Several Silicon Valley employees, including a software engineer for Twitter who made a $160,000 salary, were mocked online after complaining about their living standards in an article for The Guardian.
In the article, entitled “Scraping by on six figures? Tech workers feel poor in Silicon Valley’s wealth bubble,” the employee complained that his six-figure salary was “pretty bad” for the area.
“I didn’t become a software engineer just to make ends meet,” proclaimed the employee. “Families are priced out of the market.”
“The biggest cost is his $3,000 rent – which he said is ‘ultra cheap’ for the area – for a two-bedroom house in San Francisco, where he lives with his wife and two children,” reported The Guardian sympathetically. “He’d like a slightly bigger place, but finds himself competing with groups of twenty somethings happy to share accommodation while paying up to $2,000 for a single room.”
“Prohibitive costs have displaced teachers, city workers, firefighters and other members of the middle class, not to mention low-income residents,” they continued. “Now techies, many of whom are among the highest 1% of earners, are complaining they, too, are being priced out.”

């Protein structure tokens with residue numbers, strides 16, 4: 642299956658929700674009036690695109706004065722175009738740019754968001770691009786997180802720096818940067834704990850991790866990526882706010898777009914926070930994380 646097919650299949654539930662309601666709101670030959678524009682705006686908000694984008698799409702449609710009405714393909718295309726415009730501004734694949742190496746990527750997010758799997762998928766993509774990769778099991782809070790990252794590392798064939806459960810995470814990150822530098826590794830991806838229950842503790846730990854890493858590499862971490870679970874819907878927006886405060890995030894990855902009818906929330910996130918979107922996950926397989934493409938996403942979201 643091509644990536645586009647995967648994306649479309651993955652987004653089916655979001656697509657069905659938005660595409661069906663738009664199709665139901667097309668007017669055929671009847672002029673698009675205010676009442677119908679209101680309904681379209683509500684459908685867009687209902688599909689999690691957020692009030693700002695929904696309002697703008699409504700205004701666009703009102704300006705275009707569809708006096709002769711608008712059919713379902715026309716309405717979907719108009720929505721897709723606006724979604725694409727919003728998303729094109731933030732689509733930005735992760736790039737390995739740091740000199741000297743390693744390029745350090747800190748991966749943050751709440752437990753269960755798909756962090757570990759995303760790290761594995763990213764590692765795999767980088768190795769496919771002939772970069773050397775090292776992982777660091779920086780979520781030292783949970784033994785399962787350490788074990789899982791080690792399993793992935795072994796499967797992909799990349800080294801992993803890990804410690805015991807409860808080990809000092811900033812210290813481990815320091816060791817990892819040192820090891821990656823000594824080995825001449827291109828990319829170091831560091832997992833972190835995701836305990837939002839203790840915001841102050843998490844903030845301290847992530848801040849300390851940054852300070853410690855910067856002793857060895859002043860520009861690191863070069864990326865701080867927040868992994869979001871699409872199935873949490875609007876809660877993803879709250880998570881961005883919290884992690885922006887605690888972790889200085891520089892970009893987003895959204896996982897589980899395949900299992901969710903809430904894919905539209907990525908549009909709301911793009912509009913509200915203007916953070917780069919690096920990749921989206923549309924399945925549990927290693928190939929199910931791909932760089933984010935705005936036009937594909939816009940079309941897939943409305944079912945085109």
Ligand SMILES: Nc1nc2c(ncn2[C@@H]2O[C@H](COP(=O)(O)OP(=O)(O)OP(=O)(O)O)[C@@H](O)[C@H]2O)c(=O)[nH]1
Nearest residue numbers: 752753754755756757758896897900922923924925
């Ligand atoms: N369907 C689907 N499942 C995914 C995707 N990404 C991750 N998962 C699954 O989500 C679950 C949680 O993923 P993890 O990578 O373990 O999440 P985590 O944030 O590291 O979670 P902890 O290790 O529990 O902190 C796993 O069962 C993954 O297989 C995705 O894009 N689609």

The Guardian also covered other Silicon Valley employees in the piece who were earning “between $100,000 and $700,000 a year” but still allegedly had trouble “making ends meet.”
“One Apple employee was recently living in a Santa Cruz garage, using a compost bucket as a toilet. Another tech worker, enrolled in a coding boot camp, described how he lived with 12 other engineers in a two-bedroom apartment rented via Airbnb,” The Guardian reported.
“It was $1,100 for a fucking bunk bed and five people in the same room. One guy was living in a closet, paying $1,400 for a ‘private room,’” one man complained, while a female employee added, “We make over $1m between us, but we can’t afford a house… This is part of where the American dream is not working out here.”
Other established San Francisco residents mocked tech employees for their complaints.
“Scraping by in the Bay Area on a six-figure salary sure must be difficult!” joked San Francisco Chronicle reporter Lizzie Johnson.